Saturday, December 4, 2010
A GIRL IN WOLF'S CLOTHING
"Blood Moon" (2001) -- aka "Wolf Girl" -- is one of the most original and surprising horror films I've ever seen.
It stars Tim Curry as impresario Harley Dune (love the name), who runs a traveling carnival that specializes in freaks. One of them is the seductive and darkly philosophical half-man-half-woman Christine/Christoph, played to the hilt by Grace Jones. The star attraction, though, is Tara the Wolf Girl (Victoria Sanchez), covered in shaggy hair since infancy due to a condition called Hypertrichosis. Otherwise Tara is a normal teenage girl, but the show plays her as a vicious, snarling creature that frightens the audience.
The real surprise in the show is the prominence of musical numbers in a style similar to the decadent jazzy show-tunes of the film "Cabaret." Curry and Jones both perform musical numbers, and there is even a hilarious bawdy song from a dwarf backed by an all-girl chorus line, "Just The Right Height For Delight."
All goes smoothly till a group of teenage bullies cruises into the audience and starts harassing Tara during her act. However, this causes her to bond with a nerdy local boy Ryan (Dov Tiefenbach) who is a favorite victim of her tormentors. Ryan's mom is a cosmetics researcher (Lesley Anne Warren) who is testing a hair removal drug on mice. He tries to use the drug to cure Tara, and, though she starts shedding hair, it has an ironic side effect -- the more normal she appears, the more she becomes like a wild animal inwardly. You can imagine what's in store for the bullies, who just don't know when to quit.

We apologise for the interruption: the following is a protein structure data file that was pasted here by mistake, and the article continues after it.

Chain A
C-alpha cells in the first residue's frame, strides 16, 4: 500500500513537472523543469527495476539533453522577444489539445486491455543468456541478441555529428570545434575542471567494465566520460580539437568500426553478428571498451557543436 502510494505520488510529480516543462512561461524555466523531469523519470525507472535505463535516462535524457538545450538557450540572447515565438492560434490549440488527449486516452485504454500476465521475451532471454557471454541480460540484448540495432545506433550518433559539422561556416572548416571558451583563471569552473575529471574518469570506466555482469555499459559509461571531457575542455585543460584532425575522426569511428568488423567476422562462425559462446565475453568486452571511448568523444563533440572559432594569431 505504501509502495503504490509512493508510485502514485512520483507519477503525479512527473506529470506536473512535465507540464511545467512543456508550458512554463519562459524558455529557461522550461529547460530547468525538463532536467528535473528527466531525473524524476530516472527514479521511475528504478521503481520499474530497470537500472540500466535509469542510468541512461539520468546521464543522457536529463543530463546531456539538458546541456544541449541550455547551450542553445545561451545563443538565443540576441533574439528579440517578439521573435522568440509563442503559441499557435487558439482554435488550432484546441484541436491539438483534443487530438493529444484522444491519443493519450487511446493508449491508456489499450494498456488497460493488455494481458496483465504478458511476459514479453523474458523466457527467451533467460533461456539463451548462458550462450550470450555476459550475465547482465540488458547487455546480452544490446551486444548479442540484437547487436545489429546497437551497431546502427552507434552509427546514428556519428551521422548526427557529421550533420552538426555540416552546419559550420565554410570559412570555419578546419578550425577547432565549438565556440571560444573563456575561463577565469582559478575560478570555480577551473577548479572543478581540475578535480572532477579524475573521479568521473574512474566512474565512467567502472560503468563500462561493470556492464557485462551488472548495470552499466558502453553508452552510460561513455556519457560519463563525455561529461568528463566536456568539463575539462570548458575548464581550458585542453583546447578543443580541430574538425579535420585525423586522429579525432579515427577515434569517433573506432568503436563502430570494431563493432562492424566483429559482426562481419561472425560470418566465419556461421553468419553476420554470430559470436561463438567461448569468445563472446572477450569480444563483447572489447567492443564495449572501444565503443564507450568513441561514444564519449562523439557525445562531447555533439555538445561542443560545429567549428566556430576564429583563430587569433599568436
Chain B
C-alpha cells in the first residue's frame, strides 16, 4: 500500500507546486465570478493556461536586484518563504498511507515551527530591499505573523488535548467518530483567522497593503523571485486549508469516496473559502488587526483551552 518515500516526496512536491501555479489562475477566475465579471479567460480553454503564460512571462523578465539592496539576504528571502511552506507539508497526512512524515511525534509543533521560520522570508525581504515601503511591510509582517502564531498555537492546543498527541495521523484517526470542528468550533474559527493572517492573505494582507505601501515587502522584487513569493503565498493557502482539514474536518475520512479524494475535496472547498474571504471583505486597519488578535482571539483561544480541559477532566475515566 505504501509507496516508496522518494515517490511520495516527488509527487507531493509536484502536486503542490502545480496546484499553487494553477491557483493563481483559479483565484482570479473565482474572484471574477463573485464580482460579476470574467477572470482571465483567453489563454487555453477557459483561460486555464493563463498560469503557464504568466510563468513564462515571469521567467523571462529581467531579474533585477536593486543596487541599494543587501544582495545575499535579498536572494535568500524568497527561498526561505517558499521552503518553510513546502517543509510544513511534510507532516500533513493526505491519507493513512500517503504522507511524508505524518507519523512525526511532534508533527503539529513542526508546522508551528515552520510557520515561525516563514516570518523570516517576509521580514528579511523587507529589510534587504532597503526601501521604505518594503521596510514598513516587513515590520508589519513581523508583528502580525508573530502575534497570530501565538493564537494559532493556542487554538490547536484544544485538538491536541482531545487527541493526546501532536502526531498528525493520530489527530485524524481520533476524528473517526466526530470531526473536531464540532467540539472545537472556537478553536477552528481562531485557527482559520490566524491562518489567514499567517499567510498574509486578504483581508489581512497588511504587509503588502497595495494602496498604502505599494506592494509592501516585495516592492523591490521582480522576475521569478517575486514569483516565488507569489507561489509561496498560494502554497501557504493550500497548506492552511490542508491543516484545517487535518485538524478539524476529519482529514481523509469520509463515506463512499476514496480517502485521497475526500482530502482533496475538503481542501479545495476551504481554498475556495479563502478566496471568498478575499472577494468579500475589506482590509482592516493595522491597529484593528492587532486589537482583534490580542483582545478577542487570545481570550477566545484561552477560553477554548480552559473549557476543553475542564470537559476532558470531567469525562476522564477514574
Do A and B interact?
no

Though it has some horror movie tropes and violence, the film is really more of a cross between a drama and a musical, driven by the complex relationships between the characters. Sometimes it's darkly funny, sometimes it's quite touching -- as in scenes showing Tara's affectionate friendship with the show's gigantic fat lady -- and sometimes it's quite disturbing.
"Blood Moon" certainly addresses themes relevant to gay and transgender people -- being different, being bullied, etc. -- and it prominently features two gay icons, Curry and Jones, who may not be on screen a LOT, but make quite an impact when they do appear. One of Jones's songs ambitiously turns the whole idea of gender identity on its ear. The only female in the bully clique secretly comes on to Tara, and for the guys there's even a scene with full frontal male nudity (though the point of it is to humiliate the character because he has such a teeny willy, so don't get too excited!)
This movie won't make you jump, but it will make you think and feel (and sometimes laugh). It's not all that scary, but it is fascinating -- a very unusual film if you're up for something truly different. The whole cast is superb. The film is directed by Thom Fitzgerald and written by Lori Lansen, and they've really crafted something special.